Scott-Pollock has been formulating her talk throughout her life’s work. The professor has been writing about her journey, conducting research, and even designing courses around embodied awareness and empathy. “This is a summary of a topic I revisit in multiple publications and courses focused on storytelling cultural studies,” the UNCW professor notes.
Whereas folks often are encumbered by their daily lives of work and family, and may have time to study some of the topics TEDxAirlie covers, like that of living with cerebral palsy, it’s one reason TEDx is so appealing. It disperses a lot of information without having to crack a book.
“[It] offers a way to get work, hopes, and goals our community members have and strive for out into the public in an efficient, engaging manner,” Scott-Pollock tells. “The time limit of an 8-to-15-minute talk can force us to hone the core of our messages and make them accessible.”
Cedric Harrison is happy to be in front of an audience who he says needs to hear his message—one that otherwise may not reach the TED demographic had local organizers not arranged the 2019 event. His nonprofit, Support the Port, works toward bridging the gap between race and socioeconomics within underserved communities in Wilmington.
“It’s very important, as Wilmington seems to have a lot of big organizations and individuals trying to close this gap,” he tells. Harrison has success stories aplenty in his young nonprofit, founded in 2015. He will share them, along with ideas on how others can help close the gap, even if they have little resources.
“I also work at Cape Fear Community College at the Nixon Minority Male Leaders Center,” Harrison adds, “and I’ve witnessed first-hand how finances can impact education, which is one part of three topics I touch on.”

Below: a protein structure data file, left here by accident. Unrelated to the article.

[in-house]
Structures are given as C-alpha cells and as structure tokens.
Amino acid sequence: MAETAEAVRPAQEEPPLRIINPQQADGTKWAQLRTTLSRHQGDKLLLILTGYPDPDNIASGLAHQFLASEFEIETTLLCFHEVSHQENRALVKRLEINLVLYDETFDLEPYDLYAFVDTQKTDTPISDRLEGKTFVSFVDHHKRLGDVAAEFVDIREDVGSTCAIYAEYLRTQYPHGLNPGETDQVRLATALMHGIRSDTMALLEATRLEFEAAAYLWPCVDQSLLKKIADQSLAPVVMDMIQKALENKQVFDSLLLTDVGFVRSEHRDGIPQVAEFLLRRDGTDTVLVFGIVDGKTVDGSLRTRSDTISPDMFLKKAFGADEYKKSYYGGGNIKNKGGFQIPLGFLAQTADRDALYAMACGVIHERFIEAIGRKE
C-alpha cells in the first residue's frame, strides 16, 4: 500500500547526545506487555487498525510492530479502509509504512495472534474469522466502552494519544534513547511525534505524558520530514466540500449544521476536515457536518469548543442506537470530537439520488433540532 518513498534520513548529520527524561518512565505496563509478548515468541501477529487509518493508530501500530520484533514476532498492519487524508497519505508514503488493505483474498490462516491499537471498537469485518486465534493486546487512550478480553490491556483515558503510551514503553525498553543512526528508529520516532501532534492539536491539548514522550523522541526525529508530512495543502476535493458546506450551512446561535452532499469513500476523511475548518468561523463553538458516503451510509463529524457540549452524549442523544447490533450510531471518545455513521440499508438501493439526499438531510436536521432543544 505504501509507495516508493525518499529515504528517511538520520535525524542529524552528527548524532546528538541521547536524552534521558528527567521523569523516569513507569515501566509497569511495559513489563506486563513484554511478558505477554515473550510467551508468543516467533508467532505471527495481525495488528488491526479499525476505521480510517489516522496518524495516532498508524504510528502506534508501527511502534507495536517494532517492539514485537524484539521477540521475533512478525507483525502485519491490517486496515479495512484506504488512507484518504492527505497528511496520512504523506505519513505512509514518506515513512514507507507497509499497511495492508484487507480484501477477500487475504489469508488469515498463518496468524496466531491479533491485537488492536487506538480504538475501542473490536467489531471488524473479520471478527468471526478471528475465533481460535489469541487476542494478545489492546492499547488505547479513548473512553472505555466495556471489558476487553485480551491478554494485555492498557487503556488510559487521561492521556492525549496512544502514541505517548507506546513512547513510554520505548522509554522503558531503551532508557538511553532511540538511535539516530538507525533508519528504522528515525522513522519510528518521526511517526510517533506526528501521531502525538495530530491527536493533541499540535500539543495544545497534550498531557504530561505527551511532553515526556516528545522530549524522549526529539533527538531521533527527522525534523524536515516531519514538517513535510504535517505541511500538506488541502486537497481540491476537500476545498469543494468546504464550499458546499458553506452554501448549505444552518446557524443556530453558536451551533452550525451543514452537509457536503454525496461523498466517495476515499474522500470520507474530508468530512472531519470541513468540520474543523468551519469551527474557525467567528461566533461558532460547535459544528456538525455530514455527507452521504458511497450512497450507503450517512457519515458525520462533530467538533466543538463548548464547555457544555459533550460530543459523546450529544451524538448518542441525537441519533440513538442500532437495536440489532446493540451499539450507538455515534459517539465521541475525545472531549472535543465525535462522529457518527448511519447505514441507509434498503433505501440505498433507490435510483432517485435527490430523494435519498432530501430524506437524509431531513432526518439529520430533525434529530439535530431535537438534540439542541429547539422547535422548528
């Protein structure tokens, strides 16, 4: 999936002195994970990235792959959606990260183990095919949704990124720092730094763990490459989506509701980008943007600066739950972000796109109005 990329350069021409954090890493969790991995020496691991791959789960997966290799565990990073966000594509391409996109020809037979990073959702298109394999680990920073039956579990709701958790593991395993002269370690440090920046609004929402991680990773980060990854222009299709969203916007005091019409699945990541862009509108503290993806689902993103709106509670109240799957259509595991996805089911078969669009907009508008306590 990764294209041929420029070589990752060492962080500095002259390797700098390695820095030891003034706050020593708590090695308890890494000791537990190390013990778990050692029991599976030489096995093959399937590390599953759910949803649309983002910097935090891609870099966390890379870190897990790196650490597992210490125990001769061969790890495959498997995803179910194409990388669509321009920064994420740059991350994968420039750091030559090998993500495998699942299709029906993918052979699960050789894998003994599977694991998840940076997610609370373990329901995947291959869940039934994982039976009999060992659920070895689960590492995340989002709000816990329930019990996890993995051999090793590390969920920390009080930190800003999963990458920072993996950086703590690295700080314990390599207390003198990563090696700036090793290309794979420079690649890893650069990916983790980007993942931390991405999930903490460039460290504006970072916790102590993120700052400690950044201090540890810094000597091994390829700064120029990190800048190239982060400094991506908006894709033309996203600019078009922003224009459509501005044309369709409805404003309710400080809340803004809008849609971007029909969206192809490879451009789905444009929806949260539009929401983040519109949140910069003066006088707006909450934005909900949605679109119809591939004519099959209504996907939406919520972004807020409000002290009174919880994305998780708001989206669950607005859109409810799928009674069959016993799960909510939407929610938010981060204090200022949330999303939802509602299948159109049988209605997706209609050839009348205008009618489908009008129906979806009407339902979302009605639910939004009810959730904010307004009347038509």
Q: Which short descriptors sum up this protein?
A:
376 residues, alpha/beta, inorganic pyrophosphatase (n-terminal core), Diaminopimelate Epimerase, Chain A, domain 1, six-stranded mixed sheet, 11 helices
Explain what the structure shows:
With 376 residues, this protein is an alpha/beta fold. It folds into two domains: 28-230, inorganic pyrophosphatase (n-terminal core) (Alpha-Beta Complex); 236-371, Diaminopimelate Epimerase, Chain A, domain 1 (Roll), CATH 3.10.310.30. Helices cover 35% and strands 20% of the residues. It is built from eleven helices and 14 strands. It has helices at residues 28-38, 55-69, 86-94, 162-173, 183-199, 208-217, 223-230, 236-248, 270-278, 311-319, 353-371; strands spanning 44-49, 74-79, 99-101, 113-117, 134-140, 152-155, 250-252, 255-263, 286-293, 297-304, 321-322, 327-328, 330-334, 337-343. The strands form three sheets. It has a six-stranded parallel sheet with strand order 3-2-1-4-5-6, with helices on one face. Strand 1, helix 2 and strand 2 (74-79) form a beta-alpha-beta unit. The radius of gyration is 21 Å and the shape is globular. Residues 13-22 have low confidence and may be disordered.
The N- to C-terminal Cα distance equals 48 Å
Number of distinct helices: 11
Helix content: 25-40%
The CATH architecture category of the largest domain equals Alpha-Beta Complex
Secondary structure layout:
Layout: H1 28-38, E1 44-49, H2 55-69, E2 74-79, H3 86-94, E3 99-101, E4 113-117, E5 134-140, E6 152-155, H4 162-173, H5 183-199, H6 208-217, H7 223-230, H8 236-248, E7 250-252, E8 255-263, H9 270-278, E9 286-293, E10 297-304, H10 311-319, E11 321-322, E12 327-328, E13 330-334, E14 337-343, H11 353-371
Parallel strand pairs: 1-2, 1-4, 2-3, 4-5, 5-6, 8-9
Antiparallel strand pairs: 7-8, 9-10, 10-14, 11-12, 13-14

Another multipronged subject will be the root of crime and criminality festering from social determinants of health. Presented by Ben David, the district attorney will speak on poverty, addiction, abuse, and oppression.
“These causes are often preventable,” he notes, “and if we can identify the members of our community most at risk and provide resources needed to change their outcomes, we can help prevent future crimes before they occur.”
Though the DA oversees 5,000 felonies, 20,000 misdemeanors, and 50,000 traffic offenses each year, he says crime in our city is actually at an historic low. Yet, the city continues to face problems, such as gang violence and the opioid crisis.
“The old model of ‘lock ‘em up and throw away the key’ isn’t working,” he confirms. “When our country has 5 percent of the world’s population but 25 percent of earth’s prisoners, something is broken. Instead of a pound of cure, we need to focus on the ounce of prevention. I hope the audience will be inspired to get involved with one of the organizations currently working on that prevention, whether it’s through the hospital, or a nonprofit, or one of our public schools.”
Dr. Skip Johnstone will send the audience away with homework even, so his discussion on pregnant women and addiction isn’t easily forgotten after he exits the stage. Dr. Johnstone treats high-risk pregnancies and has seen a growth in opioid use among pregnant women.
“The discussion is important because we are losing young members of our society at an alarming rate,” Dr. Johnstone notes. “The scourge of addiction affects all and every community.”
He wants to help reduce the stigma toward addicts so discrimination and biases, even from the medical field, won’t prevent healing. Addicts likely won’t seek help if they feel they’re being scrutinized.
“Opioid use disorder in Wilmington has received the designation of Ground Zero Number One City in the US per capita,” he iterates. “I will discuss how to dispel myths, explain the disease state of addiction, and how we can actually do something for those affected in a holistic, evidenced-based treatment program.”
Tickets to TEDxAirlie are sold out at Thalian Hall, but can be secured for satellite showing areas at Intracoastal Realty and UNCW Lumina Theater. An afterparty will take place at Ironclad at 5 p.m.